Monday, September 22, 2014

"The Whisperer in Darkness" DVD Review

"The Whisperer in Darkness" DVD Review

Title card for the movie.

This time around, The H.P. Lovecraft Historical Society chose a more ambitious story to adapt: "The Whisperer in Darkness". The original story was written in 1931 so the film makers, Andrew Leman, Sean Branney & David Robinson, decided to keep the motif going from their first Lovecraft adaptation "The Call of Cthulhu" (written in the 20's & filmed as a film from the 20's)  by making the film in the style of a 1930's era motion picture. 

This time around, although still in black & white, the film has sound. What a difference it makes!
Lovecraft fans will really enjoy this film, even though it does stray a little from the source material.

Mysterious people, cultists, strange rituals, spacetime portals, monsters, aliens, brains surgically removed and integrated into machinery...this Lovecraft film has a it all! Armed with what comes across as a larger budget, the HPLHS has created a visually stunning piece of horror story telling. The visual effects in some cases are CGI, but are animated in such a way as they blend into the 1930's aesthetic seamlessly. 


2011 DVD 2 Disc Set Cover.

The 2 disc deluxe DVD is packed with features. The film, also filmed in "Mythoscope", now has a 5.1 surround musical score that is just wonderful. The feature itself runs in at 104 minutes long. The action and creepy suspension is built in a steady pace leading to one of the more shocking moments in Lovecraft's stories.

A second DVD contains two and a half hours of featurettes showcasing the monsters, miniatures, make-up and other optical effects; deleted & extended some surprises!

As with their first release "The Call of Cthulhu", actor Matt Foyer returns to play the main character, Albert WIlmarth- a folklorist from Miskatonic University. He's a fine actor and has cemented his place in Lovecraftian films right next to others such as Jeffrey Combs (Re-Animator, From Beyond, The Dunwich Horror) & Ezra Godden (Dagon, Dreams in the Witch House). Barry Lynch is also a credit to this film. His performance is both chilling and creepily delightful in it's execution.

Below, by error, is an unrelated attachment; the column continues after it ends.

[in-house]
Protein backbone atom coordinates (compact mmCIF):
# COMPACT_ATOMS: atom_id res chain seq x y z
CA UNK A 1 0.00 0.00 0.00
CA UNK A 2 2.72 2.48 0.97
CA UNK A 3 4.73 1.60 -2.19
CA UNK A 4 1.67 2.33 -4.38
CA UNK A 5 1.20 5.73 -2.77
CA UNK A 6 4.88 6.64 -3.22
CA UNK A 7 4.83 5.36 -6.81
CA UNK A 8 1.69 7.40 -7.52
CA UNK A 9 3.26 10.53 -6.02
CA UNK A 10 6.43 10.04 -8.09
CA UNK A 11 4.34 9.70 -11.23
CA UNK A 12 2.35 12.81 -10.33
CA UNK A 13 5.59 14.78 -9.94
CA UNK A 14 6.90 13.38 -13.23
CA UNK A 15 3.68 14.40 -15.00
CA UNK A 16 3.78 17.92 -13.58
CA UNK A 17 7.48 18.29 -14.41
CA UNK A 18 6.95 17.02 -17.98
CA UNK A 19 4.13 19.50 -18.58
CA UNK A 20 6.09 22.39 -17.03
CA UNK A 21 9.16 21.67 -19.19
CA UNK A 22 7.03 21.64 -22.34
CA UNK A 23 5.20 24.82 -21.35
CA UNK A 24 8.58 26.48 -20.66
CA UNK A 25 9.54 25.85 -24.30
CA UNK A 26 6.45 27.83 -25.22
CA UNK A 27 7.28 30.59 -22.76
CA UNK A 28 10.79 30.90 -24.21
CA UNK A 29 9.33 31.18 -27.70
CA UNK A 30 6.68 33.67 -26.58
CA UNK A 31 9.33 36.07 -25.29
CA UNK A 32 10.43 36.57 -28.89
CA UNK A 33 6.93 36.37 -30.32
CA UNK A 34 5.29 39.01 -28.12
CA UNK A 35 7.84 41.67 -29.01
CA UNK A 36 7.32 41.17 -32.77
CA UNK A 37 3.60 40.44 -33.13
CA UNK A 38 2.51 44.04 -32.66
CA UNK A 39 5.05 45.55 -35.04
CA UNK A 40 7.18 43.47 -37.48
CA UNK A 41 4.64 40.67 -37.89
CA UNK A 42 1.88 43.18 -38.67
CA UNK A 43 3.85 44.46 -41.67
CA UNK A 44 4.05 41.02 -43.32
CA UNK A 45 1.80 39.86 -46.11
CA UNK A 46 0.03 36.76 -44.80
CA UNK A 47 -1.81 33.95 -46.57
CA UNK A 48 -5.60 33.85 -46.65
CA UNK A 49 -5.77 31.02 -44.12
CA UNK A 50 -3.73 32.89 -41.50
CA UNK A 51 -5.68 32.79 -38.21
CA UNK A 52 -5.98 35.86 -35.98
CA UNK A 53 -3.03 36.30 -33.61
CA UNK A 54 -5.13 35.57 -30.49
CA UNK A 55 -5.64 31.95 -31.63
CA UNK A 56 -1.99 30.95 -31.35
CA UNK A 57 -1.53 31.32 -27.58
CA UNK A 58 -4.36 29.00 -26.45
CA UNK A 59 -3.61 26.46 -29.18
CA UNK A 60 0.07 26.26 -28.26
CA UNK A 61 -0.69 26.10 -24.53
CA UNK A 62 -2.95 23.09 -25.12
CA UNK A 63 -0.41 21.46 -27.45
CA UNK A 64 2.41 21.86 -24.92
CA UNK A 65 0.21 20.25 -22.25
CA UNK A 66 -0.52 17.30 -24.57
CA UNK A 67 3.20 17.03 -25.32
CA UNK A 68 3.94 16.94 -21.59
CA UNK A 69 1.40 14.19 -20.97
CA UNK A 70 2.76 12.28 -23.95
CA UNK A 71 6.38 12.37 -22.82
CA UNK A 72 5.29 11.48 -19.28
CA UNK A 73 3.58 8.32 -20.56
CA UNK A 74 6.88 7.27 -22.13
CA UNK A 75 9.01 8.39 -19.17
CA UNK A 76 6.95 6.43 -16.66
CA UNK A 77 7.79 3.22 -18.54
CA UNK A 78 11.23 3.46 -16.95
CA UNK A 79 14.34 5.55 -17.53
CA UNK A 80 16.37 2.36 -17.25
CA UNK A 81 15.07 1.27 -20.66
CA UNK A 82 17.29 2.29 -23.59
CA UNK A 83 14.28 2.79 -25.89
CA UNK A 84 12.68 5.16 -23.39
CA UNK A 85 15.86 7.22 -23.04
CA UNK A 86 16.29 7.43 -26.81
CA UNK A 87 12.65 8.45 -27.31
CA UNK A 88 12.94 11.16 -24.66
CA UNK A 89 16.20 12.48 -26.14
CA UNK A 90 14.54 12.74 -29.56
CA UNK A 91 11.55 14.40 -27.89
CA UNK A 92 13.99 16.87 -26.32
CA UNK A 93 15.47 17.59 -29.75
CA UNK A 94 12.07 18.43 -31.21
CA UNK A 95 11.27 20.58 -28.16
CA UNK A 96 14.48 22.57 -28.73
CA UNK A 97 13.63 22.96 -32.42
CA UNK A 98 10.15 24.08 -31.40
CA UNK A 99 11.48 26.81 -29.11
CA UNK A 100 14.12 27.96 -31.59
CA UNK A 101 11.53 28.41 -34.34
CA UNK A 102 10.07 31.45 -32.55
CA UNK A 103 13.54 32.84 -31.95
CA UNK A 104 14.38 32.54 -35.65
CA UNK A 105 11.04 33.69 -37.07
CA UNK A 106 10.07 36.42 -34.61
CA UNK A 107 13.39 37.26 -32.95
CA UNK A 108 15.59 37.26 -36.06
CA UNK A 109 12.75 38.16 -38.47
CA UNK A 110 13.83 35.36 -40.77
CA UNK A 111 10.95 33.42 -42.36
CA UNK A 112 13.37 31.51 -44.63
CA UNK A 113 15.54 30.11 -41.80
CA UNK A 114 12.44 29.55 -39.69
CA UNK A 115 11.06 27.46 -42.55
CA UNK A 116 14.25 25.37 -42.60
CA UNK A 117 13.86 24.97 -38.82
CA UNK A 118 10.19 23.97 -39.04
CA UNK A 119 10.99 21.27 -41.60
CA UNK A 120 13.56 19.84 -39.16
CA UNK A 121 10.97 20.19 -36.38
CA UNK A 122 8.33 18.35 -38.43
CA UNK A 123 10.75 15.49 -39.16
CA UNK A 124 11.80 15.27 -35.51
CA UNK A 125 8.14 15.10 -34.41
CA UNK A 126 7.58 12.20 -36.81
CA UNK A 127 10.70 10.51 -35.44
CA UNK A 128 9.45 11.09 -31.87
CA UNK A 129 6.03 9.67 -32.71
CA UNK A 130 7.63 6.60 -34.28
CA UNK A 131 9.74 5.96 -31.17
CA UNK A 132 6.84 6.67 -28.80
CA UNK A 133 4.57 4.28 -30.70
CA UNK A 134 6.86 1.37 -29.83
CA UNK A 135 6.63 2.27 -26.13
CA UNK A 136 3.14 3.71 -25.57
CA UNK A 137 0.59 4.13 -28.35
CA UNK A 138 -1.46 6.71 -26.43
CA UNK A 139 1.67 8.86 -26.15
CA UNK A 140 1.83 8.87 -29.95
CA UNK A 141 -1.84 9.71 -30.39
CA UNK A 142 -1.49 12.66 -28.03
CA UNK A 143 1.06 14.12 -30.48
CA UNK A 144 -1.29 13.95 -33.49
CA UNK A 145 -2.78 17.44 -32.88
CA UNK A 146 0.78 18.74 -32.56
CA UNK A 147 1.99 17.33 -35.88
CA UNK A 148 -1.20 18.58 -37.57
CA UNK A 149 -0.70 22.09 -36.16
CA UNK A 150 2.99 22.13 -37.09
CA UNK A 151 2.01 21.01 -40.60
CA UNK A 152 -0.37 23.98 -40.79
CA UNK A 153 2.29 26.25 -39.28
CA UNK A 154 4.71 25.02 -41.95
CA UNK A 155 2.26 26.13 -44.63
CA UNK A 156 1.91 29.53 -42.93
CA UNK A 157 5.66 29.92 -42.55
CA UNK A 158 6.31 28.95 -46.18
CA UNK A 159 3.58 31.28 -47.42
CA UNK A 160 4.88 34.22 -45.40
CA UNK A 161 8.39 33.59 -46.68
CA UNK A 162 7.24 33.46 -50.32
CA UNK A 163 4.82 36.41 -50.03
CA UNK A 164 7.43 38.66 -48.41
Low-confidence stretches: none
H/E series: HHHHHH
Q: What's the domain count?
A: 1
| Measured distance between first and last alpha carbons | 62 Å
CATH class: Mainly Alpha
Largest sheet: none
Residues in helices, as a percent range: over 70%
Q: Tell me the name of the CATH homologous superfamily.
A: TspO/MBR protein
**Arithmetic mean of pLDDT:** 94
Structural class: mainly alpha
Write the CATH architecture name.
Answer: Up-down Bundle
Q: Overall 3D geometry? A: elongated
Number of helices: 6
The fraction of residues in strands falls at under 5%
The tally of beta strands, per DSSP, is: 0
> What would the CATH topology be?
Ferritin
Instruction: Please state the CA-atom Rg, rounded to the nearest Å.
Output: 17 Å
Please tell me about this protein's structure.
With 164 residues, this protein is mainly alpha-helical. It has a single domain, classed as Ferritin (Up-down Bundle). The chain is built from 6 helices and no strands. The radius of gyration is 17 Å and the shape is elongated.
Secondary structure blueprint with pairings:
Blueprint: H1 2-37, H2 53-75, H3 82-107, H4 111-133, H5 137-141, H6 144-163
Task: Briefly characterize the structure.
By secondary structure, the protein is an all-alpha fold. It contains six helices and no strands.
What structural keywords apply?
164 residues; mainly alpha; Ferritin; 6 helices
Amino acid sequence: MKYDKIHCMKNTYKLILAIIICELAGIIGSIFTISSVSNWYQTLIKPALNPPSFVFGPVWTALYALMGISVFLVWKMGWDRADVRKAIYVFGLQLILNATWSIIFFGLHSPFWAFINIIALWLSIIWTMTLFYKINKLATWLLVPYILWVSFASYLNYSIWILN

Protagonist Albert N. Wilmarth.

I won't go into detail, as most of you reading this are probably familiar with Lovecraft's work, regarding the plot of the film itself. However, a short synopsis will suffice the curious and the Lovecraft noobs.

Miskatonic University folklore expert, Albert Wilmarth receives reports of strange body parts being discovered along the banks of recently flooded rivers. Mysterious letters, sent from Henry Akeley in Vermont regarding creatures in the mountains.

Wilmarth goes to investigate these reports and ultimately discovers an ages old co-operative of hellish creatures and local residents whose motives are horrific in their implications.

I highly recommend watching "The Whisperer in Darkness" to any Lovecraft fan and any casual watcher of horror films in general. Again, if you're expecting a mega-millions movie, you'll be disappointed. However, this film as a stand alone piece of a visual representation of Lovecraft's work cannot be ignored for any reason.

Go read the original story, then watch the movie! 

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